R.E.H.E.A.R.S.A.L., 2000 Video 2:30 minutes

The Last Clown, 2000 Animation 1:30 minute loop

following pages: Studies for Rehearsal 2, 2001 Pen, pencil, and type on paper 11 × 8 1 ⁄ 2 inches each Rehearsal 2, 2001–06 In collaboration with Rafael Ortega Video 14:30 minutes


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92


95


99

rehearsal—while the soundtrack consists of a conversation between Alÿs and Medina on the issue of modernity in Mexico. The structure of When Faith Moves Mountains (2002) is that of a moving wave pattern. Tornado (2000–present) is an expanding spiral. All are potentially extendable and repeatable. Alÿs is very circumspect about any direct political impact his work might have: Political could be read in the Greek sense of polis, the city as a site of sensations and conflicts from which the materials to create fictions or urban myths are extracted. I think being based in Mexico City, and functioning in Latin America or other places where you find yourself confronted with ongoing economic, social, political, or military conflicts, the political component is an obligatory ingredient in addressing these situations. But it would be very hard to say to what extent your act can have a real echo in those kind of situations, and even more to what extent there is any relevance for a poetic act to happen.

Tornado, 2000–present Work in progress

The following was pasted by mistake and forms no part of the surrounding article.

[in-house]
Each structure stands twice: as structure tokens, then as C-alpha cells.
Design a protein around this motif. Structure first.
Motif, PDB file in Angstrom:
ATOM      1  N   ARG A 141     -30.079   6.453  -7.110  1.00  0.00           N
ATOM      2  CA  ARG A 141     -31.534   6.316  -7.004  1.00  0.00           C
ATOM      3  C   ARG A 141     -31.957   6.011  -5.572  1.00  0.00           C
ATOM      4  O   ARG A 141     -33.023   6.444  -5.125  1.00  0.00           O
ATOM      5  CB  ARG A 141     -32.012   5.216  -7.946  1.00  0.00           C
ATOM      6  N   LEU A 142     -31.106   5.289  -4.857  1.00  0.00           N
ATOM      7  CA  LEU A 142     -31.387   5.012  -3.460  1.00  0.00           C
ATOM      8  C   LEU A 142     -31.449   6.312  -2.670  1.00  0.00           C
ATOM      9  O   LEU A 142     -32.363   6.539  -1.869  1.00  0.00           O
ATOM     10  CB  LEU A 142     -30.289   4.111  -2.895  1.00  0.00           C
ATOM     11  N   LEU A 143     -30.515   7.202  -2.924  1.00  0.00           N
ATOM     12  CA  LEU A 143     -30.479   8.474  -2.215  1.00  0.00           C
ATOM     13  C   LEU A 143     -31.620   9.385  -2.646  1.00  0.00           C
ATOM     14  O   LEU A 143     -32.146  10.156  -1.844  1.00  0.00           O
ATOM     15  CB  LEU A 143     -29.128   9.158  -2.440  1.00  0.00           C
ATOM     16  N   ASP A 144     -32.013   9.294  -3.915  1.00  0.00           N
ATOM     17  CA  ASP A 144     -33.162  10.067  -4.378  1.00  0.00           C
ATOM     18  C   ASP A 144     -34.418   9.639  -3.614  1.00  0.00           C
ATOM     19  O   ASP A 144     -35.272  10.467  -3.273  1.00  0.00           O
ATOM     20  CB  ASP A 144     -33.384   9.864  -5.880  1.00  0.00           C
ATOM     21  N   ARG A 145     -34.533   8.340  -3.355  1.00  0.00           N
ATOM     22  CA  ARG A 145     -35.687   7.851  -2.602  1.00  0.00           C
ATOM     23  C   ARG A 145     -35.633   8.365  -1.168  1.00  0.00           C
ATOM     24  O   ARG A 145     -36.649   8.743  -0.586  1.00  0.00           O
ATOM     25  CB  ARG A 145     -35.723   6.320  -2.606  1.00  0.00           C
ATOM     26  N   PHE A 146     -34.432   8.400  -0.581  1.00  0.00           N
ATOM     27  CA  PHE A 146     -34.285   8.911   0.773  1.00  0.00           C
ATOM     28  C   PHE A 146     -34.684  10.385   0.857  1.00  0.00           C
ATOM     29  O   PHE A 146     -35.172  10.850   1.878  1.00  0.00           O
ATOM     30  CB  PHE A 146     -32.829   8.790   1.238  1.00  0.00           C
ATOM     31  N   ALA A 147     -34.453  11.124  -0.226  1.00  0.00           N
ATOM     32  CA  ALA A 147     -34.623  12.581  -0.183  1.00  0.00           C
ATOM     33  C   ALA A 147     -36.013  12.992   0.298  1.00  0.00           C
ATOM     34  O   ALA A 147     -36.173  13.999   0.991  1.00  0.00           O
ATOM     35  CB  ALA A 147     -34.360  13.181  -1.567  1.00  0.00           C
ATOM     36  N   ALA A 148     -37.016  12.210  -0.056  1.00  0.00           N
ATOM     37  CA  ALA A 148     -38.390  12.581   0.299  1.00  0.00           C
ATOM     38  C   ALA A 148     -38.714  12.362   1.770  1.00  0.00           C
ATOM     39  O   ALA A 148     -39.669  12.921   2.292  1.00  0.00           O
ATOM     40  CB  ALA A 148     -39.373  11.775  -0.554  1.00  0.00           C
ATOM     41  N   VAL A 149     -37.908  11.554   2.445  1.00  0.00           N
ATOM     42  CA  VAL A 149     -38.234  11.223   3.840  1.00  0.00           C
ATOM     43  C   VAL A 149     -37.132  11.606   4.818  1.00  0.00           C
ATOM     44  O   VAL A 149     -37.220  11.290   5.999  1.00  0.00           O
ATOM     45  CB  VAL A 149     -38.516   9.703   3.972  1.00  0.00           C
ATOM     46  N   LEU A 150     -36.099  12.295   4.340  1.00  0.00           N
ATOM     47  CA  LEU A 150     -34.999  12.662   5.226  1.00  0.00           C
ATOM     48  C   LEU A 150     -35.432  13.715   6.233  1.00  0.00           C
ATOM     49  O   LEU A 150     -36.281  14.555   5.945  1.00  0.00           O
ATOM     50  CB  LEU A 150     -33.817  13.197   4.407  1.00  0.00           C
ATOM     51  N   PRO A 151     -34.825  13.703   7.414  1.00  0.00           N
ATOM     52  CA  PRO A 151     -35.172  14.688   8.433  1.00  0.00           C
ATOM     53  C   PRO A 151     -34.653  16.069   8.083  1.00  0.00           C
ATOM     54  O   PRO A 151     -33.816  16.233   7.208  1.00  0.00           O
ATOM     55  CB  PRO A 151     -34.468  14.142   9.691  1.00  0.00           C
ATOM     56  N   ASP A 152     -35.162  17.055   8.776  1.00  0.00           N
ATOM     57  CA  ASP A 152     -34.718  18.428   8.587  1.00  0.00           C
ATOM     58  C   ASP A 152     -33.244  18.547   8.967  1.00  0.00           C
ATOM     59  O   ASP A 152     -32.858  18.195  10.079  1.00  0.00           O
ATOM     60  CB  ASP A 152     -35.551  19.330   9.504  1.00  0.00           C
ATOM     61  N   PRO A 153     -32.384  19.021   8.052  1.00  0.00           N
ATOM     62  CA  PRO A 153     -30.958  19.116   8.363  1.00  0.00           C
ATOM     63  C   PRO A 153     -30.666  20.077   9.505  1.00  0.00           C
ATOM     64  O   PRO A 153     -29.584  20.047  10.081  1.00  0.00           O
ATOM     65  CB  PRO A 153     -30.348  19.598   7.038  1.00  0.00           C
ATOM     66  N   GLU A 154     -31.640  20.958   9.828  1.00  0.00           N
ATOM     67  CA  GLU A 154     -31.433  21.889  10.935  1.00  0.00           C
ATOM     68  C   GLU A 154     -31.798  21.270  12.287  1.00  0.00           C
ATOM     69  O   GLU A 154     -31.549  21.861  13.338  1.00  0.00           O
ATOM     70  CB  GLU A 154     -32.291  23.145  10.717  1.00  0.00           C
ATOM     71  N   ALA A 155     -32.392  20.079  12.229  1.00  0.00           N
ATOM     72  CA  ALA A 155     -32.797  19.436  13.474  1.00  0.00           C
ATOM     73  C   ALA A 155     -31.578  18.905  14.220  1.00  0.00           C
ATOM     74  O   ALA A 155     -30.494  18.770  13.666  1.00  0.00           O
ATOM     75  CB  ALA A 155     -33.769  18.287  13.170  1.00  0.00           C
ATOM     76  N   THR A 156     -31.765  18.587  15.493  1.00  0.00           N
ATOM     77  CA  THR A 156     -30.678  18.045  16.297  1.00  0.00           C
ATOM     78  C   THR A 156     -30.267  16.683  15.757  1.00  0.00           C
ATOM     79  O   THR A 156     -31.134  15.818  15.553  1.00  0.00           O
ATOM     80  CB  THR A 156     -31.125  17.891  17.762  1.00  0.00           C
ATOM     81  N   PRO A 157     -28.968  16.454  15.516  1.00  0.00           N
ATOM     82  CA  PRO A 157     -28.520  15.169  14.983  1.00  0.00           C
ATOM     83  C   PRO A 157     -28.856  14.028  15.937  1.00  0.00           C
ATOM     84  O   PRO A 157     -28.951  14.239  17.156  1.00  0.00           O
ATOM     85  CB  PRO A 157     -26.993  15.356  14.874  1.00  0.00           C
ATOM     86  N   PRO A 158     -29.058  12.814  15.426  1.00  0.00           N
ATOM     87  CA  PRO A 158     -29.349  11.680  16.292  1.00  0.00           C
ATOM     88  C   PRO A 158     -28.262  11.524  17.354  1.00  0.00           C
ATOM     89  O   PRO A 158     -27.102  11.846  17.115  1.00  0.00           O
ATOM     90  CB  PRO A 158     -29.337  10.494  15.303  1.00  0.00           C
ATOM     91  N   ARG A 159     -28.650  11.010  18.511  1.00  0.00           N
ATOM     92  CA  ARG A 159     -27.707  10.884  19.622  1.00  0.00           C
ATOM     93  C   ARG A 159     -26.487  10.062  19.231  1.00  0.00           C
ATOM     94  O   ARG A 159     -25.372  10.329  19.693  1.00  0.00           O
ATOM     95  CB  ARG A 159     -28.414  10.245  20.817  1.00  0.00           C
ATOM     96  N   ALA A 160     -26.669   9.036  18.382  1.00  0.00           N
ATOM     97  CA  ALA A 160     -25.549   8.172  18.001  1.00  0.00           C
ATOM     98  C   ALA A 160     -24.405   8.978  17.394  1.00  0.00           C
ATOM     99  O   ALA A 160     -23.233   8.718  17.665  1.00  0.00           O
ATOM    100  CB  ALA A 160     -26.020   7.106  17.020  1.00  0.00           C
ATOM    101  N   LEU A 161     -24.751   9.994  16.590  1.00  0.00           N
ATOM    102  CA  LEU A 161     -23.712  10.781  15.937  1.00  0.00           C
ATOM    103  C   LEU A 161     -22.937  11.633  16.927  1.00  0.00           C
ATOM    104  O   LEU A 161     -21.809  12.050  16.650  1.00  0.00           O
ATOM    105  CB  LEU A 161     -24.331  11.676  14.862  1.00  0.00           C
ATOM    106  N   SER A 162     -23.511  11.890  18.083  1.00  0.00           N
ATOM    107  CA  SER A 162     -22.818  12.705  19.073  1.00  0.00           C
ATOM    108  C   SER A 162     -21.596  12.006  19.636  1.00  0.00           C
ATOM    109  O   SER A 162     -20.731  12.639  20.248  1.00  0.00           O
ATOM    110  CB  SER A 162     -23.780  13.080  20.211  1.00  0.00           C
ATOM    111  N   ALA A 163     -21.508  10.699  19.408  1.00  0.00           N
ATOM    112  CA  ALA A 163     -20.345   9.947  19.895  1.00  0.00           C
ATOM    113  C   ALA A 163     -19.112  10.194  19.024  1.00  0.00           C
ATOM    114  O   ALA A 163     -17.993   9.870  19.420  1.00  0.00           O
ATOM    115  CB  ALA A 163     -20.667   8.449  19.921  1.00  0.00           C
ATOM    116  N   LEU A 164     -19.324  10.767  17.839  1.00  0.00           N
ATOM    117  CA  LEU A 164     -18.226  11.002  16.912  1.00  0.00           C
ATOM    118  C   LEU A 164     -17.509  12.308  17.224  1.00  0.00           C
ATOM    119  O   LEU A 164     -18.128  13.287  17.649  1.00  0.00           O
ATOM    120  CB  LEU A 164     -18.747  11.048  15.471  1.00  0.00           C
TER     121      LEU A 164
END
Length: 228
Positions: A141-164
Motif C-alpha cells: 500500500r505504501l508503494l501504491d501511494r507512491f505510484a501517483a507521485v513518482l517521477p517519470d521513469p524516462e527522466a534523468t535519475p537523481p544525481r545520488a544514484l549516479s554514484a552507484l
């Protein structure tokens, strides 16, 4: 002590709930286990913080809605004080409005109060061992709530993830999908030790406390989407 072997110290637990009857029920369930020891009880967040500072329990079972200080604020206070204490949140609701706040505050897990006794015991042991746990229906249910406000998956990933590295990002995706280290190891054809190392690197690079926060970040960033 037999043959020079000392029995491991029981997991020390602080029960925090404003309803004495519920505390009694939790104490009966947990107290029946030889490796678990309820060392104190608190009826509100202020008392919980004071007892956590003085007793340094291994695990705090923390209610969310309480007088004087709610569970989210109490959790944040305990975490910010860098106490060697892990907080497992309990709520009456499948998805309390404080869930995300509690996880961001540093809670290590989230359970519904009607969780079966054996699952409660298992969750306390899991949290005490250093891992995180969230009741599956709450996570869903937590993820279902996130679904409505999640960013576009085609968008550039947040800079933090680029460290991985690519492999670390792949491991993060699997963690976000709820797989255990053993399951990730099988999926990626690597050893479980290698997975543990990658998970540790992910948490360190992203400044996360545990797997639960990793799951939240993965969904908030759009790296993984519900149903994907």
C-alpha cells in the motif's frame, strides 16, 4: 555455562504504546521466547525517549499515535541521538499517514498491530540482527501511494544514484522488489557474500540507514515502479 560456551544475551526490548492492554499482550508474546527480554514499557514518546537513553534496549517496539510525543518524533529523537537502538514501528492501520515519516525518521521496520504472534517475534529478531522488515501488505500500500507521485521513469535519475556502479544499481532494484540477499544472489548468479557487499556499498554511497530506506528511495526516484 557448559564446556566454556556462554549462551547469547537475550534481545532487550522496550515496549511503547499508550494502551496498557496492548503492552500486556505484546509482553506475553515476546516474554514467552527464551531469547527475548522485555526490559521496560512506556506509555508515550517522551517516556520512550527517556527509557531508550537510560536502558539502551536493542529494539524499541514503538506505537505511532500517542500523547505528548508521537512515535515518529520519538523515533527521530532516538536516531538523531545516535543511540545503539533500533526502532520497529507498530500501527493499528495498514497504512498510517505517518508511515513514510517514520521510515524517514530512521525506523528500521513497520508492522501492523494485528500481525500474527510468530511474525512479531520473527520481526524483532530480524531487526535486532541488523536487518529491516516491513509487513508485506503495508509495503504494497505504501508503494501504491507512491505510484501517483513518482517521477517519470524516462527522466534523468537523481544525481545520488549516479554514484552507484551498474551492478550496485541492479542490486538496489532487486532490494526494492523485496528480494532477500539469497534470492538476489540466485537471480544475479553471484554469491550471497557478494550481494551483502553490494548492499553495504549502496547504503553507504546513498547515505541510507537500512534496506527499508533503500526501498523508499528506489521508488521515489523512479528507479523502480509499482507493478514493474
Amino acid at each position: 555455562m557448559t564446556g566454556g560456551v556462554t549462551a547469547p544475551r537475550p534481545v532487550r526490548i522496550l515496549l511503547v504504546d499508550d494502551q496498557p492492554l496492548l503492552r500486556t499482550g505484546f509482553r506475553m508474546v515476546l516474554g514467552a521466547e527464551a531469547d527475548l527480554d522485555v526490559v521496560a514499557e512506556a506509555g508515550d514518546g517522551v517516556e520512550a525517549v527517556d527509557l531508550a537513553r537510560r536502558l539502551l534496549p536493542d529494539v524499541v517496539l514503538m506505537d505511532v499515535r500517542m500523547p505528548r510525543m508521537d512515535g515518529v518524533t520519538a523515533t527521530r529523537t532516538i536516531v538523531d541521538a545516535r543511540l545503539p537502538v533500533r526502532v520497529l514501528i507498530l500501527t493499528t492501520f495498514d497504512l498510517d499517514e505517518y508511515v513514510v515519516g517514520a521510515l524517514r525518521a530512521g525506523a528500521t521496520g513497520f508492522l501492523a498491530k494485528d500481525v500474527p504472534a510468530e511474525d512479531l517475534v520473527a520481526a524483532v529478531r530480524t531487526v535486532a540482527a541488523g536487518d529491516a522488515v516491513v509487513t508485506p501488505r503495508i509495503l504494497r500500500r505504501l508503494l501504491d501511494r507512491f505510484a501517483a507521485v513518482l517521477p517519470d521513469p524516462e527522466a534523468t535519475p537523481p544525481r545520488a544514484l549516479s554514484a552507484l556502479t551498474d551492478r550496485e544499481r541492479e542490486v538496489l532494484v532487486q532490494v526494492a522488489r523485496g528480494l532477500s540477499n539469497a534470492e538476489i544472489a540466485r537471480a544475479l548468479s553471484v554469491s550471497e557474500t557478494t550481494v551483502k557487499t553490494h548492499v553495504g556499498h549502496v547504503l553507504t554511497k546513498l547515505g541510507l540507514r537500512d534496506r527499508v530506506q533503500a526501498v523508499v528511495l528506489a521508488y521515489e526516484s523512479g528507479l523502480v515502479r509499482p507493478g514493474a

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In this regard it is worth comparing two versions of what in some ways might be thought of as a single work. In The Leak (1995), Alÿs walked the streets of São Paulo holding a punctured paint can that left a thin wobbly line of blue paint behind him as he passed. That work was a simple gesture, a way of converting the act of walking into something physical, more lasting than the walk itself. When Alÿs revisited this work in 2004, it was for a very different context. This time he walked the so-called Green Line, the pre-1967 border between East and West Jerusalem. And he used green paint, thus literalizing not merely the fact of his passage but also the idea of the Green Line itself, originally so named because in 1948 Moshe Dayan used a green pencil to draw the border on a map of Jerusalem. The green line does not really exist any more in practice, but it is constantly referred to by the different parties of the ongoing dispute. There could hardly be a clearer example of the infusion of new meaning into an old piece. While The Leak remains a work complete in its own right, it is also now reconfigured into a rehearsal for the new version. Alÿs acknowledges the change in the title he gave the new work: Sometimes Doing Something Poetic Can Become Political and Sometimes Doing Something Political Can Become Poetic (2004). As he has said, “I had reached a point where I could no longer hide behind the ambiguity of metaphors or poetic license. It created a personal need to confront a situation I might have dealt with obliquely in the past.”24 Clearly, the original “poetic” version of the work has become “political” by virtue of the highly charged context into which it has been inserted. It is important, however, to recognize that this is not just a matter of politicizing an earlier work. The second half of the title is equally important: the insertion of an essentially poetic gesture into a situation that is almost always seen through the lens of politics. “I am not a militant,” Alÿs insisted. All the “poetic” gestural elements of The Leak are preserved in the latter version. The work has, however, become more complex, as he has added layers of additional meaning to the original action. Always, however, Alÿs avoids didacticism. As he asks in a text that accompanies Sometimes Doing Something Poetic Can Become Political, “How can art remain politically significant without assuming a doctrinaire standpoint or aspiring to become social activism?” The answer, it seems, to that question is for it to take on an existence as a story. Alÿs always wants there to be a kind of ideal version of each piece that contains within it a kernel that is coherent enough, simple enough, and relevant enough that it can potentially conThe Leak, 1995